The author notes that, while data is being collected, it is not being effectively used for marketing purposes: customization, mass personalization, and one-to-one marketing have not been effectively implemented, though some companies have been able to use the data for more effective market segmentation.
The author presents an extended example of a "gaming corporation" that tracked the gambling patterns of casino patrons, combined with "over 100" behavioral variables to predict their lifetime value of customers and use individual promotions to attract and retain prime customers. (EN: It stands to note that, while some find the gaming industry distasteful, they have for many years been aggressive in profiling customers to determine their potential value and investing in one-to-one marketing by using "hosts" to manage high value guests and "comps" as promotions and perks to attract and retain customers.)
Field Concerns and Data Collection
The author isolates the data-collection function of CRM as customer data integration (CDI), which consolidates data pertaining to single customers from the myriad of locations where it may exist. The challenges to effective CDI are differences in database, multiple touch points, lack of communications between departments, dissimilarity of the applications that collect data, and inconsistencies in the data collected.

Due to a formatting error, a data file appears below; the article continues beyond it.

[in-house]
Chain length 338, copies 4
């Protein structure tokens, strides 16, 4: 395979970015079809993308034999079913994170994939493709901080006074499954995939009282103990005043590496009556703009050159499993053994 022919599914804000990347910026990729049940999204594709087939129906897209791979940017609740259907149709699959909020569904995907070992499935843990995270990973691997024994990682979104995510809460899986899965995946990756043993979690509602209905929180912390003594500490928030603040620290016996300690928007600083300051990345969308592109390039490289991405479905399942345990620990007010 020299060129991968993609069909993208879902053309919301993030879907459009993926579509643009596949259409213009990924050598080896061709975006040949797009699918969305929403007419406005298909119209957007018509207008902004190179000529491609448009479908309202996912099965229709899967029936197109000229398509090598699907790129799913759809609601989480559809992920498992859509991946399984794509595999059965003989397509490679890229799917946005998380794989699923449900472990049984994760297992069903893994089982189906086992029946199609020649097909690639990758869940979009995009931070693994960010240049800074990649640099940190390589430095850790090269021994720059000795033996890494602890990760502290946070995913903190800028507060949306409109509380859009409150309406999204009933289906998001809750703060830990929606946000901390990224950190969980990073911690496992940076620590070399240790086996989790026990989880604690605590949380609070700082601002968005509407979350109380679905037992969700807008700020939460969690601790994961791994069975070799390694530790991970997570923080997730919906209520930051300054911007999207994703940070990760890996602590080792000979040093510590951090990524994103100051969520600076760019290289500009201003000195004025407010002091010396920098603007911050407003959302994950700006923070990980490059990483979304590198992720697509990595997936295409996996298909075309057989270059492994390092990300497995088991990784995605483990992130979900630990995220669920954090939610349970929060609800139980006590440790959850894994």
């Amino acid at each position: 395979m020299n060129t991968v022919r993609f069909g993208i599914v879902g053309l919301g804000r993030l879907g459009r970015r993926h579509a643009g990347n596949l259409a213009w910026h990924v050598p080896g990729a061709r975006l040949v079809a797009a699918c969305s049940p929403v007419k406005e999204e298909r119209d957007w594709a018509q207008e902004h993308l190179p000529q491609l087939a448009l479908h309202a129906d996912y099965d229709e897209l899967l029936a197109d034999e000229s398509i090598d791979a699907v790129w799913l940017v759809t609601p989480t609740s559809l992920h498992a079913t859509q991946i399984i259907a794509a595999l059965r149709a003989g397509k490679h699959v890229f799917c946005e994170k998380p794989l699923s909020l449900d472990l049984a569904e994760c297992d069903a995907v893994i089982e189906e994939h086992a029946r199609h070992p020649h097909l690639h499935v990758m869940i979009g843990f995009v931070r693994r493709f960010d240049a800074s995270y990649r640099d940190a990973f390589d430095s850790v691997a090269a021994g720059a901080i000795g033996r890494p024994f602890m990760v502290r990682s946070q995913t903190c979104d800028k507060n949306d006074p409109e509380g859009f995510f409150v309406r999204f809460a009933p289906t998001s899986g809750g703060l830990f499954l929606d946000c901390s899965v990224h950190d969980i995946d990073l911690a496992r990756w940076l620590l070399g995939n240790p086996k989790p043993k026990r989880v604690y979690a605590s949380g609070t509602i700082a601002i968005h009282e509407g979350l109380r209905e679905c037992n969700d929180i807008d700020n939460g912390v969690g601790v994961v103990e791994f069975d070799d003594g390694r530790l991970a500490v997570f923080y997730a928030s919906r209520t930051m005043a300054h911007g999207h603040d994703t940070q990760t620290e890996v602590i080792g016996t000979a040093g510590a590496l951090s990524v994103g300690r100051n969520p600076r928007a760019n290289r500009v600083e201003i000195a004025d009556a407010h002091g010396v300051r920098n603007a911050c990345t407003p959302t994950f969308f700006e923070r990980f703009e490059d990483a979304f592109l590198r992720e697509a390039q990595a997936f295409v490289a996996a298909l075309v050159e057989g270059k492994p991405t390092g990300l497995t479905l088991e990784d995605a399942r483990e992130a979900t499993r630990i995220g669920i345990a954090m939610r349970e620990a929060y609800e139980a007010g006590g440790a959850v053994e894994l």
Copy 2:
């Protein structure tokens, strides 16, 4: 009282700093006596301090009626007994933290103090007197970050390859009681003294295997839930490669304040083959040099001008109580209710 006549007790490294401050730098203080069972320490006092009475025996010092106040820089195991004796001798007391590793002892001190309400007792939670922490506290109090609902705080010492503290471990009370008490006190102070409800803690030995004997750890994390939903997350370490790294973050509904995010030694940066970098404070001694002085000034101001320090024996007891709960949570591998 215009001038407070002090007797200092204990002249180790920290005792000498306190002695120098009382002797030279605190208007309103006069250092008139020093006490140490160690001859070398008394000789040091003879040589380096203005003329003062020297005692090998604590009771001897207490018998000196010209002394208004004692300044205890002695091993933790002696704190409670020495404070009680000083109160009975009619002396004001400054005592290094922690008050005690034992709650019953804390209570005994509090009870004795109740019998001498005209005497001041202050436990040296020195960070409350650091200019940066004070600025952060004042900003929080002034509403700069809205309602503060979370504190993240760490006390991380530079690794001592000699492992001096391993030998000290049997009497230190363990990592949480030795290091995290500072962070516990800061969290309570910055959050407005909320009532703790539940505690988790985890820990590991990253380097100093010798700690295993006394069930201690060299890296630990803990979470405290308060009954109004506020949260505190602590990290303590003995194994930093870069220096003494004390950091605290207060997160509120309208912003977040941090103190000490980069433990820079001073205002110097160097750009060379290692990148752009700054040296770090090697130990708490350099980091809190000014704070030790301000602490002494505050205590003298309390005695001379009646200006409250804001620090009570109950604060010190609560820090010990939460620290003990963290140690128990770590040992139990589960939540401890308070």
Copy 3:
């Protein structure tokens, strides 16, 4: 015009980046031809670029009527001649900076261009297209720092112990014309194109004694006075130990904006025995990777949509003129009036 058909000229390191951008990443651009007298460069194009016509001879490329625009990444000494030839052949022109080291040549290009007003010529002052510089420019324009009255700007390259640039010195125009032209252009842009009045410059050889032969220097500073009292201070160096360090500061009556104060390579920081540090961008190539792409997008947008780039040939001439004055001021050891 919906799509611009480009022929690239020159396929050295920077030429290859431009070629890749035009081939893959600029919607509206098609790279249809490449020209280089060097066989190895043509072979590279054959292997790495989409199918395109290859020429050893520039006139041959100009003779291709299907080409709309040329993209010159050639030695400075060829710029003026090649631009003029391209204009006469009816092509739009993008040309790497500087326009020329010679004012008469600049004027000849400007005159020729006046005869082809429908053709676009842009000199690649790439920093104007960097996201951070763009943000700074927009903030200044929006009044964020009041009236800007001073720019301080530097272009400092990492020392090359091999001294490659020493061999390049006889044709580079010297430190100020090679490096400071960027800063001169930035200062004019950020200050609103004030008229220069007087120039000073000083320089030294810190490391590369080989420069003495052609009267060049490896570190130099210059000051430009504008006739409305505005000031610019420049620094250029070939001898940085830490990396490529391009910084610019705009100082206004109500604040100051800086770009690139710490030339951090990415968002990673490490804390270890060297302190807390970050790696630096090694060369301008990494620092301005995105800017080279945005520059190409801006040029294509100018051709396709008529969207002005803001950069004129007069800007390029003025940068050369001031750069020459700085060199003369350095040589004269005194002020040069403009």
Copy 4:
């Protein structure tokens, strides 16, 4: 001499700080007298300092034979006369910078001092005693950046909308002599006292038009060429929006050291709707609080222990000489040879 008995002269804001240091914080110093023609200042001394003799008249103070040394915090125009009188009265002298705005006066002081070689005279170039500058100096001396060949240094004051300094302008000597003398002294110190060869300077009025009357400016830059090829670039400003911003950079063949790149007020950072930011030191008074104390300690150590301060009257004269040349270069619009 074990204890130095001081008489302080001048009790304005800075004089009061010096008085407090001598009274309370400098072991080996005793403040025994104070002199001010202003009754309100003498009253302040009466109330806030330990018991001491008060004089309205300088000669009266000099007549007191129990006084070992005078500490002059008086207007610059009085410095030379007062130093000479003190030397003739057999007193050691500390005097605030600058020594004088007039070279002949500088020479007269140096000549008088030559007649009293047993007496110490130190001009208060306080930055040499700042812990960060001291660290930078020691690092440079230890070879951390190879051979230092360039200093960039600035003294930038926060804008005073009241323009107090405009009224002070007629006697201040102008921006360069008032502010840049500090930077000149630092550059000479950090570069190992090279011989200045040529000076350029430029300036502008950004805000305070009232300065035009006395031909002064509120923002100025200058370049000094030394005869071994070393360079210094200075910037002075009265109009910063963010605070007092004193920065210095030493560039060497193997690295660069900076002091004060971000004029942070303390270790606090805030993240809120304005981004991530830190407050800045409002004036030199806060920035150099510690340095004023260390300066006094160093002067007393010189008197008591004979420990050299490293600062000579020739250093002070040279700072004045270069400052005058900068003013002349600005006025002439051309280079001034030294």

Data generated from a customer may come from a wide array of sources. The purchasing behavior may be observed in multiple locations and channels, marketing data may be collected through surveys, the customer may communicate upstream through a number of channels to communicate before or after the transaction. All of this data must be extracted from operational data stores (the database of a given operational application), it must be verified and cleaned to correct errors in inconsistent data, schematized to a common format, and be housed in a "data warehouse" from which it may be accessed to support business decisions.
An example is provided in which data from multiple sources is examined to determine the number of children in a household. In these sources, the data indicates:
- A "no" response to the question of having children (2000)
- A "yes" response to the same question (2001)